Readers Write (Aug. 7): Climate change, mental health, Southwest LRT, Heritage Square

  • Updated: August 6, 2013 - 6:47 PM

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State leads the way on renewable energy

Where are our monarch butterflies? The droughts, alternating with heavy rains and pesticide use, have destroyed a lot of their habitat.

In response to the Aug. 6 commentary, “We’re free-market Republicans, but action on climate is urgent,” yes, climate change is real. We can all see it. To expect this Congress to act is hopeless, but luckily with the leadership of former State Sen. Ellen Anderson and Gov. Mark Dayton, Minnesota is on its way to national leadership in renewable energy.

Most important, we can all make a difference by reducing our carbon output by driving less, turning off lights and electronics when not in use, and reducing the chemicals we use. Our monarchs and children are depending on us.


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The Aug. 2 story, “Minnesota Power investing in additional wind power,” provided an excellent example of what many already know: Developing wind power saves consumers money.

That’s consistent with analysis by the U.S. Energy Information Administration that found newly built wind generation is now cost-competitive with all forms of electricity production. Also, by displacing the most expensive, least efficient source of electricity on the utility grid — usually an older fossil-fueled power plant — added wind power directly reduces harmful air emissions.

Finally, by bringing economic development and added tax base to rural communities, American wind power is a significant economic growth opportunity. Already generating 14.3 percent of its electricity from wind power — and with excellent wind resources and a smart state renewable energy policy — Minnesota is quickly becoming a national leader in wind development.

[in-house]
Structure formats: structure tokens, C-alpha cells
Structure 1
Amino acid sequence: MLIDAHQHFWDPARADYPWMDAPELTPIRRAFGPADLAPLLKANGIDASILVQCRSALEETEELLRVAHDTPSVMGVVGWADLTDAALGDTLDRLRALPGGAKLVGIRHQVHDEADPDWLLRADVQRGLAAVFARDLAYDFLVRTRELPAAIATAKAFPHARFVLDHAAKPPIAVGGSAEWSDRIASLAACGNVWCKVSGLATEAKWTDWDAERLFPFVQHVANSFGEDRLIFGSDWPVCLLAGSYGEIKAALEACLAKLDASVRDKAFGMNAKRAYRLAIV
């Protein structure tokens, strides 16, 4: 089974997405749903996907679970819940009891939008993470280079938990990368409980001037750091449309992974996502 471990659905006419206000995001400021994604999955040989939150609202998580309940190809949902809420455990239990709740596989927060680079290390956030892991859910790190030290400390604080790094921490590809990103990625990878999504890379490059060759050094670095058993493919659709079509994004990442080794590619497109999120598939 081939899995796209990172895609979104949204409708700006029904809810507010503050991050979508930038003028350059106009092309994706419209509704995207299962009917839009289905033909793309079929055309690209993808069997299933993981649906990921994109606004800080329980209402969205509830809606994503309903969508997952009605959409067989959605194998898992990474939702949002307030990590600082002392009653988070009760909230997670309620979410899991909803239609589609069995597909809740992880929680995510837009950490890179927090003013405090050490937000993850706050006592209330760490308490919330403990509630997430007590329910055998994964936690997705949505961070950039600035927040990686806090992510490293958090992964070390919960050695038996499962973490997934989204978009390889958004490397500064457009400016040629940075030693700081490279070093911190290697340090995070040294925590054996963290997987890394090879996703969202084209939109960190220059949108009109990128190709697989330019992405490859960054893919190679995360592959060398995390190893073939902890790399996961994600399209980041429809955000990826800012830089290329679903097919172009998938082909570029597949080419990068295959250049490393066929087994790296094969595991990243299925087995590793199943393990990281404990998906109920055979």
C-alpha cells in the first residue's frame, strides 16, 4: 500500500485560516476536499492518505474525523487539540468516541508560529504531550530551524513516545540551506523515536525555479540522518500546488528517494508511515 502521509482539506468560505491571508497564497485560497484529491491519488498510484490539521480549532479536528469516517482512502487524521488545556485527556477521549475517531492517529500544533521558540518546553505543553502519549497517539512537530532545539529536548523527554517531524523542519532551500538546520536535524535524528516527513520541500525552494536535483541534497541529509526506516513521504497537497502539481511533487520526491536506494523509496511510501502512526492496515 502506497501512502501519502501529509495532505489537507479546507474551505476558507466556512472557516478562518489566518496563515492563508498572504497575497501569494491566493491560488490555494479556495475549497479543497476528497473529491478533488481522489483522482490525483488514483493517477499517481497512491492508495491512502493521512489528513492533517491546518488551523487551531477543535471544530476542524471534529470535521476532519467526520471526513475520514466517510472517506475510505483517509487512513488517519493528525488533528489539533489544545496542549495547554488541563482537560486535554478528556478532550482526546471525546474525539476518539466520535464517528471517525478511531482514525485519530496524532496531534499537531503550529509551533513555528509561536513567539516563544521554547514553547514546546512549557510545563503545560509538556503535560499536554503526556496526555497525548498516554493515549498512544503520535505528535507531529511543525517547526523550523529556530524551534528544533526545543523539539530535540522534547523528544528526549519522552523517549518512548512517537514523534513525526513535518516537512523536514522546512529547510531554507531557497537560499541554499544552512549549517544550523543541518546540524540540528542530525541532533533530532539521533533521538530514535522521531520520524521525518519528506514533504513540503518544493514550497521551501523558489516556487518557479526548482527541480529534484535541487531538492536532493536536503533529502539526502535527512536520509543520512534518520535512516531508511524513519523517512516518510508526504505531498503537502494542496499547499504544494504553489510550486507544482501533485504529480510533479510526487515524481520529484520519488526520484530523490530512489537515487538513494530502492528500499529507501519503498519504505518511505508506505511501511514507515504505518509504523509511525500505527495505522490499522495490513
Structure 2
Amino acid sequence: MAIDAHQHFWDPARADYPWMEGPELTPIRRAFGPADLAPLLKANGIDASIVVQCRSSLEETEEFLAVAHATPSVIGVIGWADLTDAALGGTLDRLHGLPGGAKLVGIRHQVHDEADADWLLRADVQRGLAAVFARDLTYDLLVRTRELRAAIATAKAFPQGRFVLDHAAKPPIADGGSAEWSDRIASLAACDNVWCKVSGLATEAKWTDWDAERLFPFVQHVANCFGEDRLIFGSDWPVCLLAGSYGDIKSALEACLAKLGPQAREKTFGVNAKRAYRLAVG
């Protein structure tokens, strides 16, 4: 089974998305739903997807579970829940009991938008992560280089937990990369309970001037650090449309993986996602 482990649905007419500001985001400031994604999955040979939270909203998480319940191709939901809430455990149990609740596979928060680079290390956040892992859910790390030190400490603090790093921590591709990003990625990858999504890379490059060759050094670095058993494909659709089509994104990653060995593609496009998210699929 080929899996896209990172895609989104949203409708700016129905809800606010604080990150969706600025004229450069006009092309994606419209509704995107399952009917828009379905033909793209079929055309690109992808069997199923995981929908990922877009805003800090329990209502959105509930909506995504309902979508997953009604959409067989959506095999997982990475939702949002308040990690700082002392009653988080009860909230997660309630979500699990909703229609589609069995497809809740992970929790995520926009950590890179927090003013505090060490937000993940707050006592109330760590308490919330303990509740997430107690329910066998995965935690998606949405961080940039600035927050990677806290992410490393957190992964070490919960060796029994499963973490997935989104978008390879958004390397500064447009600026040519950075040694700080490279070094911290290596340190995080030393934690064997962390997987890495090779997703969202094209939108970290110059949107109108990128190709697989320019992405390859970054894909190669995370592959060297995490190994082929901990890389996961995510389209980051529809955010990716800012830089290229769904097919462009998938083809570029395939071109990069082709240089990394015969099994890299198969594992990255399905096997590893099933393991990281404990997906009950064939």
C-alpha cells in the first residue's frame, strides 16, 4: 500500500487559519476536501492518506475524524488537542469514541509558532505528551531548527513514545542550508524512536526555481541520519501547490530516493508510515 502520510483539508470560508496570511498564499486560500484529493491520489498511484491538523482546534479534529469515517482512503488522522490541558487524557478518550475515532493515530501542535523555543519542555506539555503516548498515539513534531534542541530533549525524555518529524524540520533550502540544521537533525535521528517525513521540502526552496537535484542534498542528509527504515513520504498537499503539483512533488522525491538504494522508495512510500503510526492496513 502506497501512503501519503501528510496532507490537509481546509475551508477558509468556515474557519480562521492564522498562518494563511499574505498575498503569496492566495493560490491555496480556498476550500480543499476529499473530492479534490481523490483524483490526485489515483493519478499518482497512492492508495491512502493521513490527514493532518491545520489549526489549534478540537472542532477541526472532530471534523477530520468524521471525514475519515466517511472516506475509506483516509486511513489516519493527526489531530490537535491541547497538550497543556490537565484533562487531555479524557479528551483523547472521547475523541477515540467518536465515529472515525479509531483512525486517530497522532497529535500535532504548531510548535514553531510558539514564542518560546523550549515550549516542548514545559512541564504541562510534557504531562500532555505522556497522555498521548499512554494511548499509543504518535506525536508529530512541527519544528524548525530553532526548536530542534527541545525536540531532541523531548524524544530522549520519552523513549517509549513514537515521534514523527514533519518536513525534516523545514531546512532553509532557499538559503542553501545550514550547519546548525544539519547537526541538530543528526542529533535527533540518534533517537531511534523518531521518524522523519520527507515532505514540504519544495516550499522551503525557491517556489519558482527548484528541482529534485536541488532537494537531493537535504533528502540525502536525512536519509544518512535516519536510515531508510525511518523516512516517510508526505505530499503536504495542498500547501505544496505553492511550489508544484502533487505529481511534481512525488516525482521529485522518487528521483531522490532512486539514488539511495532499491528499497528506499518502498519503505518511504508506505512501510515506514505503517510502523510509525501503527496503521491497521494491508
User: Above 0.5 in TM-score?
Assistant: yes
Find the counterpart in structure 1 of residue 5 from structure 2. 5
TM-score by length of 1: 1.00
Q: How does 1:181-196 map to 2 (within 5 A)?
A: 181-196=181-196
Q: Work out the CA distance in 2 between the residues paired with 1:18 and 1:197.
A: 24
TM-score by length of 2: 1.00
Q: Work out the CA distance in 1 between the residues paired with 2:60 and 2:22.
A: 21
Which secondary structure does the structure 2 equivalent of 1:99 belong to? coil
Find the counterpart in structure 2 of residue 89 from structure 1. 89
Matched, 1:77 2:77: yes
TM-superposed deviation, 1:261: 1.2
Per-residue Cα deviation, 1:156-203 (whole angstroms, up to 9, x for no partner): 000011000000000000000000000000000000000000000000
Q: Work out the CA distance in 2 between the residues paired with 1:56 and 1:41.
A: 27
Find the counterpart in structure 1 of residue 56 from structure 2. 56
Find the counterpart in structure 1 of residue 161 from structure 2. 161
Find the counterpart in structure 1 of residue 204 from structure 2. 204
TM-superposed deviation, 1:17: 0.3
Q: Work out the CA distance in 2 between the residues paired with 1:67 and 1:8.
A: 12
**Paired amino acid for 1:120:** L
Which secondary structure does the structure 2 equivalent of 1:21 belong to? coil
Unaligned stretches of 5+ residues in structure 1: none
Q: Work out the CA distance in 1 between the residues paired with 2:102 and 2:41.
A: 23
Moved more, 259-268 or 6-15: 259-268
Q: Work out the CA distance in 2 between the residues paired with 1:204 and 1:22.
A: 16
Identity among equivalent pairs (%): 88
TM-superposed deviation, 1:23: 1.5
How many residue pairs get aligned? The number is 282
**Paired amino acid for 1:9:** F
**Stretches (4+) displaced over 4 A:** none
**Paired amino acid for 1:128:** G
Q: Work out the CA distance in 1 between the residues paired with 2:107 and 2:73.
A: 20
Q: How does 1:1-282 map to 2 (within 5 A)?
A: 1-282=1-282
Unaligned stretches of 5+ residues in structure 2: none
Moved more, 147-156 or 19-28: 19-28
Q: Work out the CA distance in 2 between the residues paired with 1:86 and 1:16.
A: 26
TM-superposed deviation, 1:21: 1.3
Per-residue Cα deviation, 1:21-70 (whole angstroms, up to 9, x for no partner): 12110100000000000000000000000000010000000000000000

ELIZABETH SALERNO, director of industry data and analysis, American Wind Energy Association

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Schools need help with mental health programs

Special education and mental health treatment are two very different disciplines. Mental illness is a health condition that may or may not lead to a child doing poorly in school. If a parent sees signs of mental illness, they should contact their health care provider, who can put them in contact with the proper psychiatric care and clinical services.

We believe in mental health “supports” in the schools, as this enables administration and staff to spot the signs of mental illness in our youth.

As a community-based, open-access program that is independent of other systems, we have created a unique program that integrates three hours of clinical services intermixed with three hours of education services during the child’s day.

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